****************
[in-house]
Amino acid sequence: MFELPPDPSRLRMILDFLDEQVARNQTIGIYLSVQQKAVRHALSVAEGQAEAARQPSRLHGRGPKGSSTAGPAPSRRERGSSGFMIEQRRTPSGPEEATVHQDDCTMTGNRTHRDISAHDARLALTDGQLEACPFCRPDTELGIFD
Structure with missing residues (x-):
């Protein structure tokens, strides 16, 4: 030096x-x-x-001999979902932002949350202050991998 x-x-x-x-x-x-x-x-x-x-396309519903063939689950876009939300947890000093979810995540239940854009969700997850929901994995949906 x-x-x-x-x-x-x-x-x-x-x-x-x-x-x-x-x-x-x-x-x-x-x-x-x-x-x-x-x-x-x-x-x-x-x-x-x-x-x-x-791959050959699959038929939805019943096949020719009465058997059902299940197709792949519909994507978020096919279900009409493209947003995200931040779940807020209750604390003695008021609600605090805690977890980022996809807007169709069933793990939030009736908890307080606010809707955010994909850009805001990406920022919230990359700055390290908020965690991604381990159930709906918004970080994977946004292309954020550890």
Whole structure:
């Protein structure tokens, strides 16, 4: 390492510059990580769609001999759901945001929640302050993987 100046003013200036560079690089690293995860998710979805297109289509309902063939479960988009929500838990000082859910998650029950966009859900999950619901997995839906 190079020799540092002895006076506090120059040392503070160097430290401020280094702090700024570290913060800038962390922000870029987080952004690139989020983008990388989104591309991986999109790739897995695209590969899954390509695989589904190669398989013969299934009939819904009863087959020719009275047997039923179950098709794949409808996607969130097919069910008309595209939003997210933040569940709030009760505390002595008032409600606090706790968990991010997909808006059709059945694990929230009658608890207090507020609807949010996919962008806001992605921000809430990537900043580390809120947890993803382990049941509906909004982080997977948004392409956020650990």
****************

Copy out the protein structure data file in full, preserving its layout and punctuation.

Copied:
[in-house]
Amino acid sequence: MFELPPDPSRLRMILDFLDEQVARNQTIGIYLSVQQKAVRHALSVAEGQAEAARQPSRLHGRGPKGSSTAGPAPSRRERGSSGFMIEQRRTPSGPEEATVHQDDCTMTGNRTHRDISAHDARLALTDGQLEACPFCRPDTELGIFD
Structure with missing residues (x-):
């Protein structure tokens, strides 16, 4: 030096x-x-x-001999979902932002949350202050991998 x-x-x-x-x-x-x-x-x-x-396309519903063939689950876009939300947890000093979810995540239940854009969700997850929901994995949906 x-x-x-x-x-x-x-x-x-x-x-x-x-x-x-x-x-x-x-x-x-x-x-x-x-x-x-x-x-x-x-x-x-x-x-x-x-x-x-x-791959050959699959038929939805019943096949020719009465058997059902299940197709792949519909994507978020096919279900009409493209947003995200931040779940807020209750604390003695008021609600605090805690977890980022996809807007169709069933793990939030009736908890307080606010809707955010994909850009805001990406920022919230990359700055390290908020965690991604381990159930709906918004970080994977946004292309954020550890």
Whole structure:
């Protein structure tokens, strides 16, 4: 390492510059990580769609001999759901945001929640302050993987 100046003013200036560079690089690293995860998710979805297109289509309902063939479960988009929500838990000082859910998650029950966009859900999950619901997995839906 190079020799540092002895006076506090120059040392503070160097430290401020280094702090700024570290913060800038962390922000870029987080952004690139989020983008990388989104591309991986999109790739897995695209590969899954390509695989589904190669398989013969299934009939819904009863087959020719009275047997039923179950098709794949409808996607969130097919069910008309595209939003997210933040569940709030009760505390002595008032409600606090706790968990991010997909808006059709059945694990929230009658608890207090507020609807949010996919962008806001992605921000809430990537900043580390809120947890993803382990049941509906909004982080997977948004392409956020650990």